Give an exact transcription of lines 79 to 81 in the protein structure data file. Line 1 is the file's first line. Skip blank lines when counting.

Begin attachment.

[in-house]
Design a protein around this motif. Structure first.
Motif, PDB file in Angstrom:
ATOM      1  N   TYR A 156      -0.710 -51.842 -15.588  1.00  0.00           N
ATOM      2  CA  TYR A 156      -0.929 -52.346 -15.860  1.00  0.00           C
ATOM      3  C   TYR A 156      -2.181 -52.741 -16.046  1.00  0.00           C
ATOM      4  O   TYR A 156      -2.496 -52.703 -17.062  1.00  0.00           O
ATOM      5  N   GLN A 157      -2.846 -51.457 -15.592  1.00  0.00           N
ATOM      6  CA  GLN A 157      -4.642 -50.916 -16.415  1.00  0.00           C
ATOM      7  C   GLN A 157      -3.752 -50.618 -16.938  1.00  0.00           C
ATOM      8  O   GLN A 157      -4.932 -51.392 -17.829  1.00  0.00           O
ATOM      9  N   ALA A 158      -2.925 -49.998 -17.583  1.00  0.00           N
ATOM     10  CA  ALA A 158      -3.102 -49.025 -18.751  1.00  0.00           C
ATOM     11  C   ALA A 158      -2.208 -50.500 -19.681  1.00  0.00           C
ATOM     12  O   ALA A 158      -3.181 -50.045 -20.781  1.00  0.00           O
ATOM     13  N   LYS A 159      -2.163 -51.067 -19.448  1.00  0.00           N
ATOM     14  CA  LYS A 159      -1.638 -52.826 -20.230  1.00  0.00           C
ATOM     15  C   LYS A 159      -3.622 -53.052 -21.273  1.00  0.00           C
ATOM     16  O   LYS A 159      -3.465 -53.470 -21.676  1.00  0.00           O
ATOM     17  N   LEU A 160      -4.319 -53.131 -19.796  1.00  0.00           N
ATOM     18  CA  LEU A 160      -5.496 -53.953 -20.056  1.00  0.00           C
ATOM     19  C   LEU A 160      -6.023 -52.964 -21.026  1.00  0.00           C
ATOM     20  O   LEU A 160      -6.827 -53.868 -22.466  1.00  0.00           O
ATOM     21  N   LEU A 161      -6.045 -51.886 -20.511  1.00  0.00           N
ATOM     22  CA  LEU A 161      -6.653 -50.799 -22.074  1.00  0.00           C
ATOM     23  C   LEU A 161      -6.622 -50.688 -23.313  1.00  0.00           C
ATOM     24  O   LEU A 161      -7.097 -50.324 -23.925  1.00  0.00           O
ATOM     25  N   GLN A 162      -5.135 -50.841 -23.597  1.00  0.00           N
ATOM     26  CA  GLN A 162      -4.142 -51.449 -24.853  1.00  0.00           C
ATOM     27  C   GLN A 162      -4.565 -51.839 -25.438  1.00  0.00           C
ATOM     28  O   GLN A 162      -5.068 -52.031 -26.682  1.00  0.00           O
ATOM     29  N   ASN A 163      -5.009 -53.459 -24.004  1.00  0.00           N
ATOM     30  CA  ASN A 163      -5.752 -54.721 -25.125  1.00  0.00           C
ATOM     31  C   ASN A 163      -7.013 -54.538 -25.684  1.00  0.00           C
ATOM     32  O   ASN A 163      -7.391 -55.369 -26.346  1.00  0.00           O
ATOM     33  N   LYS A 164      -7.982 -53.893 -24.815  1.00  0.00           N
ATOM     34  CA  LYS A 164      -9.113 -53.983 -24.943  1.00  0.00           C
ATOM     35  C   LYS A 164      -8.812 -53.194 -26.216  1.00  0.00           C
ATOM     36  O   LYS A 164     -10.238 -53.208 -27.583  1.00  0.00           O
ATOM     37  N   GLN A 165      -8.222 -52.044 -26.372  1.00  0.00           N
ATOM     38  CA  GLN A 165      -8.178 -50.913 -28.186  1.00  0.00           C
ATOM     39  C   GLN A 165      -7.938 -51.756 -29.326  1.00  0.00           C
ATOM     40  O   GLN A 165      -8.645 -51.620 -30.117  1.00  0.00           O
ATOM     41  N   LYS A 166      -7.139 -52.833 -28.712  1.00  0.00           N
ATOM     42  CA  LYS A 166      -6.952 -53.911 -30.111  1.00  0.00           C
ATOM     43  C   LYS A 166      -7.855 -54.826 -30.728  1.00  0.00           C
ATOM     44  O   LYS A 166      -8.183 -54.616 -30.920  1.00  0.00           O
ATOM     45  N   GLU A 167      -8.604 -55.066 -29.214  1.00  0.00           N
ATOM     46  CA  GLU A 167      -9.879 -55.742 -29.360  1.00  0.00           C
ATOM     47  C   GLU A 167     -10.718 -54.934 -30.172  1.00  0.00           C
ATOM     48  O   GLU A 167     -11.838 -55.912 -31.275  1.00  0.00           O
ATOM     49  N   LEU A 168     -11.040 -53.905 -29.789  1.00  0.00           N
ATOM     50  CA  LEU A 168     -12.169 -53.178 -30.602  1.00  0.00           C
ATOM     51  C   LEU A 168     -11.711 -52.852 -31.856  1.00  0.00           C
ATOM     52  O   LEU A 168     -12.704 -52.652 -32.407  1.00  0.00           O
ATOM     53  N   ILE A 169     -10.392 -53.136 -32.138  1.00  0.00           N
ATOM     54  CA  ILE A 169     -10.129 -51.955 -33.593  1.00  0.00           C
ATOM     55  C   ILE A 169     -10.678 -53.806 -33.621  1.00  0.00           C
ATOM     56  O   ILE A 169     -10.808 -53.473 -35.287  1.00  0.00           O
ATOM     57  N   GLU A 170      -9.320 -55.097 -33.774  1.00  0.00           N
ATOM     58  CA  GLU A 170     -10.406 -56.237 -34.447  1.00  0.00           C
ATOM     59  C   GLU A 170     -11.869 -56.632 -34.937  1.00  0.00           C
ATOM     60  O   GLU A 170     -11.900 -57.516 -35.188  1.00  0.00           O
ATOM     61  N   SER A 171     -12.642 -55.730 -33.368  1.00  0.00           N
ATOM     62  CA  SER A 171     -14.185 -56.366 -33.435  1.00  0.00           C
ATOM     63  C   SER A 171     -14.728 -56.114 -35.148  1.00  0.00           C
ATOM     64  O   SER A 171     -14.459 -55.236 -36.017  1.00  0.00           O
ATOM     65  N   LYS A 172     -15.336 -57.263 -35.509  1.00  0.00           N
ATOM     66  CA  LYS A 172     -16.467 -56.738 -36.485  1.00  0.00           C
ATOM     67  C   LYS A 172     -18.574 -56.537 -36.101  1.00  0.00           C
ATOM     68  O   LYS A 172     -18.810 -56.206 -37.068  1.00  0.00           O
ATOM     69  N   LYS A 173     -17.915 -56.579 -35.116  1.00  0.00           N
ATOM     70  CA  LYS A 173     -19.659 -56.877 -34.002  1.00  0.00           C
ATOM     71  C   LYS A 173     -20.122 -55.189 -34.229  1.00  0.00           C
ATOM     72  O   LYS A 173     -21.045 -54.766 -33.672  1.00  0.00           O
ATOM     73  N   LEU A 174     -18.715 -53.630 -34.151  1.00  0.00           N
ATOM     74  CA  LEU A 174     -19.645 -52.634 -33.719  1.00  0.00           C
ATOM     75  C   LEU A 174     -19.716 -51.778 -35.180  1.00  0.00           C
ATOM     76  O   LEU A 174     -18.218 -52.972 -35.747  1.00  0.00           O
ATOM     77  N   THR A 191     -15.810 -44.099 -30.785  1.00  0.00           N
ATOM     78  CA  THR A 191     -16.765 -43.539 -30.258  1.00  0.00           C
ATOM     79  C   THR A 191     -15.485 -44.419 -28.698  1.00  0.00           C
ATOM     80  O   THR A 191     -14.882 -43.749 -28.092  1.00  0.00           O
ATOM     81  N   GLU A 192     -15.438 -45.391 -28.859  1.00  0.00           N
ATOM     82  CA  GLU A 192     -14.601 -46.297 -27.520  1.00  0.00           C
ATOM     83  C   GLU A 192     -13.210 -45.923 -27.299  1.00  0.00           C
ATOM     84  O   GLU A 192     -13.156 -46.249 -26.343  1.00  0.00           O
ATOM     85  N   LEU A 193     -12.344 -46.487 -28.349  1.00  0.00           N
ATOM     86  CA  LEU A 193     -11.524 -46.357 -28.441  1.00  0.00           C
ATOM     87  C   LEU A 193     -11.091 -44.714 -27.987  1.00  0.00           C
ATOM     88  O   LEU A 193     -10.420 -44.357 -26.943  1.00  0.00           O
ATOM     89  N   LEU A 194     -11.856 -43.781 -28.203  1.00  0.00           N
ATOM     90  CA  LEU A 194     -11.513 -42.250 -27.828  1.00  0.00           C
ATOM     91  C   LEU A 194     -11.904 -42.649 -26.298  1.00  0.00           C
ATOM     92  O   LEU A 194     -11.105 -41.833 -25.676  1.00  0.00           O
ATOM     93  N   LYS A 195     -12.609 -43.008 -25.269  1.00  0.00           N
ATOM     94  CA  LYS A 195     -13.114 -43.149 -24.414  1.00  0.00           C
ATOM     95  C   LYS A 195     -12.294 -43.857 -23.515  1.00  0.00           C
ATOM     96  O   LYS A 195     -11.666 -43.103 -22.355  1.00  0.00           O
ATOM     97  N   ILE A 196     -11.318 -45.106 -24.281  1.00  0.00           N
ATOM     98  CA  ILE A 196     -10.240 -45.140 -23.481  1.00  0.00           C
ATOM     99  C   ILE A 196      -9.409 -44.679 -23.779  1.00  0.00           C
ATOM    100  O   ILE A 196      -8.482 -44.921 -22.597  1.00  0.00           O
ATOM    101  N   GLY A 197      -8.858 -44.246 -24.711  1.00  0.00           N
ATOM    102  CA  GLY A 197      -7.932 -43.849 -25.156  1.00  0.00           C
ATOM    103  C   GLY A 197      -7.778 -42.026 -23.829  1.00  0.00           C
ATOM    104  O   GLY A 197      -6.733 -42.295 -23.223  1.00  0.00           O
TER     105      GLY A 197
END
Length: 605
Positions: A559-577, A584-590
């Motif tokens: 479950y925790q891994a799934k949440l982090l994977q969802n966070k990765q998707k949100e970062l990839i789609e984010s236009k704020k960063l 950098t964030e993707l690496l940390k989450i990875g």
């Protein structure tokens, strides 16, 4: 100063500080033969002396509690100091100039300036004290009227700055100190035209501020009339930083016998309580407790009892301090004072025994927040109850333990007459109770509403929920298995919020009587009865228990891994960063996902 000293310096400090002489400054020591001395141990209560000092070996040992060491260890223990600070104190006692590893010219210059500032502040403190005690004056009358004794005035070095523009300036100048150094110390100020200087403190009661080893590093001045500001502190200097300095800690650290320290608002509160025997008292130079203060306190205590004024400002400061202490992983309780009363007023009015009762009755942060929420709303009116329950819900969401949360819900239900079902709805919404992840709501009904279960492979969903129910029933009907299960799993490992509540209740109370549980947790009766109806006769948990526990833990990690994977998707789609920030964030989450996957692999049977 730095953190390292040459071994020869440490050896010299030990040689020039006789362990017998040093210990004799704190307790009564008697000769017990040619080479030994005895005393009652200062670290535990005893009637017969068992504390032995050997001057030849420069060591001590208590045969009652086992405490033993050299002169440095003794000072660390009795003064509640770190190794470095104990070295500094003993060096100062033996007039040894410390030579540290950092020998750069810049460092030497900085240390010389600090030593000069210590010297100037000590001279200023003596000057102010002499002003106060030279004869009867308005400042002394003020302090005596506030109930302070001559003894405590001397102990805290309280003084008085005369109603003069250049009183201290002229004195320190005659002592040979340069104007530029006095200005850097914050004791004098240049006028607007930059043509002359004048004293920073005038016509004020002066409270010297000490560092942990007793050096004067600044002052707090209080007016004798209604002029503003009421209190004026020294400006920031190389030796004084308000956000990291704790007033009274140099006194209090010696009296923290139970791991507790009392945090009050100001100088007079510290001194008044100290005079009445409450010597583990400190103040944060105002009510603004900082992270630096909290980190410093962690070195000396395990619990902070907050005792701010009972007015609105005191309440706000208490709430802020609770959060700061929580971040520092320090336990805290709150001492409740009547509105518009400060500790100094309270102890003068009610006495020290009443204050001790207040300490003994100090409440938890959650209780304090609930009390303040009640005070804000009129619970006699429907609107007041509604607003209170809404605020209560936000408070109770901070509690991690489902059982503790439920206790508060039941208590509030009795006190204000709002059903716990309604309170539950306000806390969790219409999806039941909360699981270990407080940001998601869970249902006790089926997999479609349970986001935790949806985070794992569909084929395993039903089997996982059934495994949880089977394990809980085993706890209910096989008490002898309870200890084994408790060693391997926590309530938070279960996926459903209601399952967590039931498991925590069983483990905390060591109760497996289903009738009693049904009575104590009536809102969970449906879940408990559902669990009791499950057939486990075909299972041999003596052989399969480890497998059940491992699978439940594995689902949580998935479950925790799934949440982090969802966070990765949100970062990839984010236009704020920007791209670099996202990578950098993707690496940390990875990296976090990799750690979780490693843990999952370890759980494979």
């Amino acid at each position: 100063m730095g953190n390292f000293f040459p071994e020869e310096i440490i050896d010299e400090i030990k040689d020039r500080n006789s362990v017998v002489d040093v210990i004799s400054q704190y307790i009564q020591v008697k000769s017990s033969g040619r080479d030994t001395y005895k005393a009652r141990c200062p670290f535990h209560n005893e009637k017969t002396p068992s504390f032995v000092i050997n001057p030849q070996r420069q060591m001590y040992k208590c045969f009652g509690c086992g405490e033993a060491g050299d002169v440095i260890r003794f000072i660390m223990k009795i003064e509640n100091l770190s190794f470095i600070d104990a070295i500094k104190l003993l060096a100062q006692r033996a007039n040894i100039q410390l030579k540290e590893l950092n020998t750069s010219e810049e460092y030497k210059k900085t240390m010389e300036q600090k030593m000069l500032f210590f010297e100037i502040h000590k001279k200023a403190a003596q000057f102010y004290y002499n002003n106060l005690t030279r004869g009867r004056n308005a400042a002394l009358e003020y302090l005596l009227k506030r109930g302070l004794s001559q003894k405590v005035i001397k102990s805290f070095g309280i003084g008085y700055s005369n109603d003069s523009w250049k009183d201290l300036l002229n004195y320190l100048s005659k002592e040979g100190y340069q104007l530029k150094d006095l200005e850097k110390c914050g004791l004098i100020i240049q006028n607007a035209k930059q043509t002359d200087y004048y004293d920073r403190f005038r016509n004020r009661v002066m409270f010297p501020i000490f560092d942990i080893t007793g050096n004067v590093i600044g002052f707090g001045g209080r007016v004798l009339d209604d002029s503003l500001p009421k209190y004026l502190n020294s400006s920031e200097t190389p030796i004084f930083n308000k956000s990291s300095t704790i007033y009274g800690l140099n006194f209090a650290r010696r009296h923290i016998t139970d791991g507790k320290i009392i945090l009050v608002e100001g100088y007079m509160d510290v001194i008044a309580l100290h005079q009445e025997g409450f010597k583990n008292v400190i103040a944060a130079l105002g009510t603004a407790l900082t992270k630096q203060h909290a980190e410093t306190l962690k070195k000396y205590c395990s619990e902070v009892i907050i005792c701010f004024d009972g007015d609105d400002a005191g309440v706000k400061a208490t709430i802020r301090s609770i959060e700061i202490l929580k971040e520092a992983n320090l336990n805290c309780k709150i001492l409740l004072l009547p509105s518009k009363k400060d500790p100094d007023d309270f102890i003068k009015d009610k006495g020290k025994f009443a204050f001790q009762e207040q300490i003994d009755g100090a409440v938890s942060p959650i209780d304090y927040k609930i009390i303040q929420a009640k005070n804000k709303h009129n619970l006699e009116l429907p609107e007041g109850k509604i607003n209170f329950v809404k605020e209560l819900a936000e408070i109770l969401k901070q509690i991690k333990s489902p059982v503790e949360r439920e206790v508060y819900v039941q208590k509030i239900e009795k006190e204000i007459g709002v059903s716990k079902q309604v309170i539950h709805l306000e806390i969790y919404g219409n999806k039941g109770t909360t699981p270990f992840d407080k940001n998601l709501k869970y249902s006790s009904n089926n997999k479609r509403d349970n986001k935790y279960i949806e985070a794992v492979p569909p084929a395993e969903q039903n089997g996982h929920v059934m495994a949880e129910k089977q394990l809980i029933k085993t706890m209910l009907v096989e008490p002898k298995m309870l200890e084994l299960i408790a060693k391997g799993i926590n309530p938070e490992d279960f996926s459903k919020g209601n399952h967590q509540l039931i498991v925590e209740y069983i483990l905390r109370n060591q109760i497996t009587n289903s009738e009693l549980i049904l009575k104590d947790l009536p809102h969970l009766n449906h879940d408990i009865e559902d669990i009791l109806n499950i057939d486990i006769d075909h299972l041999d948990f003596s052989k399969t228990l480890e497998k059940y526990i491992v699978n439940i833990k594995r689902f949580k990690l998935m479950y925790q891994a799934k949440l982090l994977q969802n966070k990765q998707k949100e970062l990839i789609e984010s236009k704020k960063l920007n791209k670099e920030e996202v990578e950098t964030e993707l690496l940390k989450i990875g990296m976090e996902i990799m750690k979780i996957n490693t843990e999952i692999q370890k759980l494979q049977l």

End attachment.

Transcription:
ATOM     76  O   LEU A 174     -18.218 -52.972 -35.747  1.00  0.00           O
ATOM     77  N   THR A 191     -15.810 -44.099 -30.785  1.00  0.00           N
ATOM     78  CA  THR A 191     -16.765 -43.539 -30.258  1.00  0.00           C